There are several good introductions to the pattern language approach and I have listed some of them under the heading Links to websites on design patterns. Below, I will only comment briefly on three aspects of special interest: the relation between design patterns and design guidelines, the task of compiling patterns from the domain of nonfiction film, and the need of sharing know-how across professional borders within an industry in turbulent growth.



The relation between design patterns and design guidelines

Design patterns are quite close to design guidelines in many respect. Both serve to sum up and share know-how, heuristics, and rules-of-thumb from a specific application domain. However, design patterns are less detailed than guidelines as they try to strip away technical details. Their underlying principle is to abstract that which stays the same between many examples and implementations. On the other hand, the formalism of mature patterns which have been recognised by many practitioners is quite elaborate. The representation of a mature pattern have the form of a one to five pages long investigation which: gives the pattern a telling name; describes the context, the synonyms, and the problem approached; then argues about the forces or arguments behind it; goes on to describe the solution it provides; and last but not least, describes the relation between the pattern investigated and other patterns which it interacts with.

The fact that patterns describe tried and tested solutions to recurrent problems give them the appearance of rules. But since these solutions are always supported by clear and concise arguments, and with references to other patterns, the solutions tend to stay more open and flexible than a regular set of design rules. The point is never to rely on strict directions but to use patterns as suggestions and guidance. This means that most recognised patterns are constantly open for debate, revisions and alterations. This is why the originators of the approach named their first broad collection A Pattern Language, not The Pattern Language. Their basic idea was that practitioners from many fields should make their own languages, based on the book, but more importantly, based on their own shared experience.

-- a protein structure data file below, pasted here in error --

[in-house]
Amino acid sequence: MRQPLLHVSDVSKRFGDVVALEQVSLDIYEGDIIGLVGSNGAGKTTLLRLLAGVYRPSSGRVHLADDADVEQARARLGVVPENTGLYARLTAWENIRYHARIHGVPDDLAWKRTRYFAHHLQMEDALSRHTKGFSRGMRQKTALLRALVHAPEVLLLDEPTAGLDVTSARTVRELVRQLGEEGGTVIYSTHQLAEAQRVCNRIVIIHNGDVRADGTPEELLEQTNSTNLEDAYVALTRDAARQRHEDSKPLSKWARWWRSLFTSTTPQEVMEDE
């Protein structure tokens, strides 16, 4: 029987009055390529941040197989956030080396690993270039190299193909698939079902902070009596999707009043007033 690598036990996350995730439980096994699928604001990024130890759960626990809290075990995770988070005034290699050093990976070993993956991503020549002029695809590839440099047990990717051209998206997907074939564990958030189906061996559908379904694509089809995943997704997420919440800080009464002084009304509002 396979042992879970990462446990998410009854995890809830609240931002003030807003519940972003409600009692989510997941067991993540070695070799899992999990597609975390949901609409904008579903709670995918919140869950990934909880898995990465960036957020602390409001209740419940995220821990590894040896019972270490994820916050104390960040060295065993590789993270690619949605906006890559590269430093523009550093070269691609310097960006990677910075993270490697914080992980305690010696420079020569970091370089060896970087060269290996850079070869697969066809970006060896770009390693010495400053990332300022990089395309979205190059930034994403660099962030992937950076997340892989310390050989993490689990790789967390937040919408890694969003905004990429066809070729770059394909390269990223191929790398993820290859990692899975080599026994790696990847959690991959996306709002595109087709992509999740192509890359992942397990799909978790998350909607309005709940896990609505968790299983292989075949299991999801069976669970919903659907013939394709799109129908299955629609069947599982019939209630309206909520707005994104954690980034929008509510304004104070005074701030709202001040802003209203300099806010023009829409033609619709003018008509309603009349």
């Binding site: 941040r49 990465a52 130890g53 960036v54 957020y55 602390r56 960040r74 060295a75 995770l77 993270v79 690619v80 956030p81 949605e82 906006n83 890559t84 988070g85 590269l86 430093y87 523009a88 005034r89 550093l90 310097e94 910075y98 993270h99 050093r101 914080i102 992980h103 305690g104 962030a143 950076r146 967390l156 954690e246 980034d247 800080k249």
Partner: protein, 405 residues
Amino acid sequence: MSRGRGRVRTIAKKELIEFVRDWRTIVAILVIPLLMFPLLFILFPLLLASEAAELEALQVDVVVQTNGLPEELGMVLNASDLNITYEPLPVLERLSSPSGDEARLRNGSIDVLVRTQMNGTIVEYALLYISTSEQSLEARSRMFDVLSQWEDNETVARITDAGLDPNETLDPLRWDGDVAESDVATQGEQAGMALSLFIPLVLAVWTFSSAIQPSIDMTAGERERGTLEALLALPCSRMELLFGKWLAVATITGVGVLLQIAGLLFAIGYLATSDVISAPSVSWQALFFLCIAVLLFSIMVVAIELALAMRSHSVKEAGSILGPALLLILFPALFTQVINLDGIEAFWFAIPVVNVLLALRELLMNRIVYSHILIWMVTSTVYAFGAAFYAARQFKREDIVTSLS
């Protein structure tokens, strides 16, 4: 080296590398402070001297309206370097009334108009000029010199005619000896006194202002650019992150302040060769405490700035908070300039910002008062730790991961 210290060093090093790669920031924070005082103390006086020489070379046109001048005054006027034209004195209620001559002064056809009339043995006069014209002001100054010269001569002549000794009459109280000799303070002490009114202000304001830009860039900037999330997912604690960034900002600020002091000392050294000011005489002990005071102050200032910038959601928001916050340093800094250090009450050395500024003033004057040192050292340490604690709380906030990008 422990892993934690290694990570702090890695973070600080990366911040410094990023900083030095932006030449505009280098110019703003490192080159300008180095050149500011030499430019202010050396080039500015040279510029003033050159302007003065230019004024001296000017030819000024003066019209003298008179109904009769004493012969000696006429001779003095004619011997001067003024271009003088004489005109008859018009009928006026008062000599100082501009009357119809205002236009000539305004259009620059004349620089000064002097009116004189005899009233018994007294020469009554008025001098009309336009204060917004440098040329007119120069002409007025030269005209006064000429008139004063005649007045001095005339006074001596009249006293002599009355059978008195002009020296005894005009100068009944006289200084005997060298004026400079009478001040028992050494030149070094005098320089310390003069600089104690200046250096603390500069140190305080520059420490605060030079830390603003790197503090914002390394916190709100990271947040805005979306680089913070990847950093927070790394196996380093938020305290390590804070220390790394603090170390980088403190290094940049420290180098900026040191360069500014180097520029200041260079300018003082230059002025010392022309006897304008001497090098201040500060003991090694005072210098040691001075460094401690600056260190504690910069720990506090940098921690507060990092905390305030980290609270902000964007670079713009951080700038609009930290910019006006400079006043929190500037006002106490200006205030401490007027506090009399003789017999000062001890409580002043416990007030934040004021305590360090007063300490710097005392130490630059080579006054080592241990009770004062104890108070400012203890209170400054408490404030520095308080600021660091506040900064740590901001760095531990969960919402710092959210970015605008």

Although the definition and reworking of mature patterns is an important step in the pattern approach, individual patterns doesn't get really useful until they get assembled with their related counterparts from a specific domain. It is in the interplay between five to ten patterns that the organic qualities of the approach becomes visible. If we know the domain in which the patterns are recognised, then a good collection can make us see with new eyes how different things interact and support each other in subtle ways. This is why the originators stressed that it is what happens between the patterns that is important, that the approach is all about A Pattern Language.



Compiling patterns from the domain of nonfiction film

There is a long way to go before we can compile a rich collection of recognised patterns from nonfiction film. My aim here is to argue for that the approach should be tested. One reasonable way of doing that is to identify a series of emerging patterns that seem to be on the verge of renewing the documentary on the web. This way of using patterns, as a search mechanism rather than a tool to teach accepted practice, is an important one. The need for a common vocabulary to describe media transitions is at least as great as the need for teaching tools that deal with accepted practice. True, it makes it more difficult to try to grasp "things in the making" than mapping established procedures. But on the other hand, it also makes it more advantageous and fun. Hopefully their should be plenty of room for the generous and sharing attitude that is typical of other communities in which design patterns are used as a way to exchange know-how.



The need for sharing know-how

The generous, yet critical attitude that distinguish the debates in which practitioners share their know-how is worth a note of its own. Obviously, the general sentiment within these communities is, that the benefits of a sharing between colleagues more than outweigh the drawbacks of revealing ones own favourite techniques. Historians of technology, such as Thomas P Hughes, have shown that it is these anarchistic and curiosity-driven communities of computer scientists and dedicated professionals that have provided much of the driving force behind the software that makes the Internet a useful, friendly, empowering, and fun environment. Even though this attitude often comes natural within the institutions of education, research and other public service environments, many of the industrial environments of today seem to thrive on the same open-mindedness.